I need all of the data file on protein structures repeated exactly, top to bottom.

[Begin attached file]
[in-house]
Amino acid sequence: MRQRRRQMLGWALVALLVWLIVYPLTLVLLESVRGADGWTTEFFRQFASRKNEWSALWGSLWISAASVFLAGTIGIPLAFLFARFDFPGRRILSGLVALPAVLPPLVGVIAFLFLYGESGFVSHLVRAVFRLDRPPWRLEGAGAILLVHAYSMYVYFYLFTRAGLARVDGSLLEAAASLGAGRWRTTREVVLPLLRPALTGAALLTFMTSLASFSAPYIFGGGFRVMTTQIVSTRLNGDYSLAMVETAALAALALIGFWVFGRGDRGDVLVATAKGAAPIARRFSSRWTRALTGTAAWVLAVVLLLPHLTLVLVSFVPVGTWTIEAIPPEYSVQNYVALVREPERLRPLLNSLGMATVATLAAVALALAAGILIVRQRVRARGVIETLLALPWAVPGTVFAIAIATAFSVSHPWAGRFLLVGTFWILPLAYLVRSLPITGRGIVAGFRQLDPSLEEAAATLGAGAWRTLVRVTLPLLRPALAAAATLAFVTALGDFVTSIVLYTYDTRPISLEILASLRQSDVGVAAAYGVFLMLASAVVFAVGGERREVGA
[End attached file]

[in-house]
Amino acid sequence: MRQRRRQMLGWALVALLVWLIVYPLTLVLLESVRGADGWTTEFFRQFASRKNEWSALWGSLWISAASVFLAGTIGIPLAFLFARFDFPGRRILSGLVALPAVLPPLVGVIAFLFLYGESGFVSHLVRAVFRLDRPPWRLEGAGAILLVHAYSMYVYFYLFTRAGLARVDGSLLEAAASLGAGRWRTTREVVLPLLRPALTGAALLTFMTSLASFSAPYIFGGGFRVMTTQIVSTRLNGDYSLAMVETAALAALALIGFWVFGRGDRGDVLVATAKGAAPIARRFSSRWTRALTGTAAWVLAVVLLLPHLTLVLVSFVPVGTWTIEAIPPEYSVQNYVALVREPERLRPLLNSLGMATVATLAAVALALAAGILIVRQRVRARGVIETLLALPWAVPGTVFAIAIATAFSVSHPWAGRFLLVGTFWILPLAYLVRSLPITGRGIVAGFRQLDPSLEEAAATLGAGAWRTLVRVTLPLLRPALAAAATLAFVTALGDFVTSIVLYTYDTRPISLEILASLRQSDVGVAAAYGVFLMLASAVVFAVGGERREVGA